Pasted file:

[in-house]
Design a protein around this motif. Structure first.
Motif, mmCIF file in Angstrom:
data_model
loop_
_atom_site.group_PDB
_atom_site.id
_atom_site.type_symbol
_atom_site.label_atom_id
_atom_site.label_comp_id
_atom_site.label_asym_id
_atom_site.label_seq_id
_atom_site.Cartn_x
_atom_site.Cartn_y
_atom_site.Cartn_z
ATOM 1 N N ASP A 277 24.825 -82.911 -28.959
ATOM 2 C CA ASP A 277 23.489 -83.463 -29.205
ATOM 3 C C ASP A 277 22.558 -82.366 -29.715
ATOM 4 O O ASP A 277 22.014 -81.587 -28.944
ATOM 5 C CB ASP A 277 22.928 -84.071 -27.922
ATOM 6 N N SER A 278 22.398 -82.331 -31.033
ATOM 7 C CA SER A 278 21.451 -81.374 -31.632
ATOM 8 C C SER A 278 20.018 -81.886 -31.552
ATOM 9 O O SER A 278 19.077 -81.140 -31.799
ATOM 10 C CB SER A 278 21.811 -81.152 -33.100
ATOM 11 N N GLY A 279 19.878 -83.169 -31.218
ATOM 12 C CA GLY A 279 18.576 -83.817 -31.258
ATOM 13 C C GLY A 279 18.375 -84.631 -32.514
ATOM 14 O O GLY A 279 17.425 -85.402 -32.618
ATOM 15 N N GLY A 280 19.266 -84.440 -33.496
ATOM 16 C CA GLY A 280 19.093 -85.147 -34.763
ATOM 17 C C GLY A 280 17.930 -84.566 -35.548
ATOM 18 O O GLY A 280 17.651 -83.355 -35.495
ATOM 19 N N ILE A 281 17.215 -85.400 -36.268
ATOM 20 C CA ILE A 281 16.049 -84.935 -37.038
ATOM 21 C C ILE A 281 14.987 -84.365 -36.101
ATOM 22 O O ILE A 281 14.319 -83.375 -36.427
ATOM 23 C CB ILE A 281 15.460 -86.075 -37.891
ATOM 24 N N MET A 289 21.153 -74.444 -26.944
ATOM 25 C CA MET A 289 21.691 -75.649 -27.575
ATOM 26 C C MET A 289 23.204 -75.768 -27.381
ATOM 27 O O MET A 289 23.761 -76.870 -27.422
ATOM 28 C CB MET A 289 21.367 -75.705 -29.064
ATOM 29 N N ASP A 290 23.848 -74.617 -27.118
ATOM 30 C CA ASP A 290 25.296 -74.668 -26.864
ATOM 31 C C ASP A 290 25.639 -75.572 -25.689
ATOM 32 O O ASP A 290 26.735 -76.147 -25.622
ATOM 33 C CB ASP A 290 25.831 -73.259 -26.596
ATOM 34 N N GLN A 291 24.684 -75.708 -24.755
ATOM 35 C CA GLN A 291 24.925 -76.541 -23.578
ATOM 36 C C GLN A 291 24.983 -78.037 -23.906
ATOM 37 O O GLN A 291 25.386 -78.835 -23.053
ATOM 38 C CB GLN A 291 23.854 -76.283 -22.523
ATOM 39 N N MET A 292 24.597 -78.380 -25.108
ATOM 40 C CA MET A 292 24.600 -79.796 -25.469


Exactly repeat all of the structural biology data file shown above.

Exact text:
[in-house]
Design a protein around this motif. Structure first.
Motif, mmCIF file in Angstrom:
data_model
loop_
_atom_site.group_PDB
_atom_site.id
_atom_site.type_symbol
_atom_site.label_atom_id
_atom_site.label_comp_id
_atom_site.label_asym_id
_atom_site.label_seq_id
_atom_site.Cartn_x
_atom_site.Cartn_y
_atom_site.Cartn_z
ATOM 1 N N ASP A 277 24.825 -82.911 -28.959
ATOM 2 C CA ASP A 277 23.489 -83.463 -29.205
ATOM 3 C C ASP A 277 22.558 -82.366 -29.715
ATOM 4 O O ASP A 277 22.014 -81.587 -28.944
ATOM 5 C CB ASP A 277 22.928 -84.071 -27.922
ATOM 6 N N SER A 278 22.398 -82.331 -31.033
ATOM 7 C CA SER A 278 21.451 -81.374 -31.632
ATOM 8 C C SER A 278 20.018 -81.886 -31.552
ATOM 9 O O SER A 278 19.077 -81.140 -31.799
ATOM 10 C CB SER A 278 21.811 -81.152 -33.100
ATOM 11 N N GLY A 279 19.878 -83.169 -31.218
ATOM 12 C CA GLY A 279 18.576 -83.817 -31.258
ATOM 13 C C GLY A 279 18.375 -84.631 -32.514
ATOM 14 O O GLY A 279 17.425 -85.402 -32.618
ATOM 15 N N GLY A 280 19.266 -84.440 -33.496
ATOM 16 C CA GLY A 280 19.093 -85.147 -34.763
ATOM 17 C C GLY A 280 17.930 -84.566 -35.548
ATOM 18 O O GLY A 280 17.651 -83.355 -35.495
ATOM 19 N N ILE A 281 17.215 -85.400 -36.268
ATOM 20 C CA ILE A 281 16.049 -84.935 -37.038
ATOM 21 C C ILE A 281 14.987 -84.365 -36.101
ATOM 22 O O ILE A 281 14.319 -83.375 -36.427
ATOM 23 C CB ILE A 281 15.460 -86.075 -37.891
ATOM 24 N N MET A 289 21.153 -74.444 -26.944
ATOM 25 C CA MET A 289 21.691 -75.649 -27.575
ATOM 26 C C MET A 289 23.204 -75.768 -27.381
ATOM 27 O O MET A 289 23.761 -76.870 -27.422
ATOM 28 C CB MET A 289 21.367 -75.705 -29.064
ATOM 29 N N ASP A 290 23.848 -74.617 -27.118
ATOM 30 C CA ASP A 290 25.296 -74.668 -26.864
ATOM 31 C C ASP A 290 25.639 -75.572 -25.689
ATOM 32 O O ASP A 290 26.735 -76.147 -25.622
ATOM 33 C CB ASP A 290 25.831 -73.259 -26.596
ATOM 34 N N GLN A 291 24.684 -75.708 -24.755
ATOM 35 C CA GLN A 291 24.925 -76.541 -23.578
ATOM 36 C C GLN A 291 24.983 -78.037 -23.906
ATOM 37 O O GLN A 291 25.386 -78.835 -23.053
ATOM 38 C CB GLN A 291 23.854 -76.283 -22.523
ATOM 39 N N MET A 292 24.597 -78.380 -25.108
ATOM 40 C CA MET A 292 24.600 -79.796 -25.469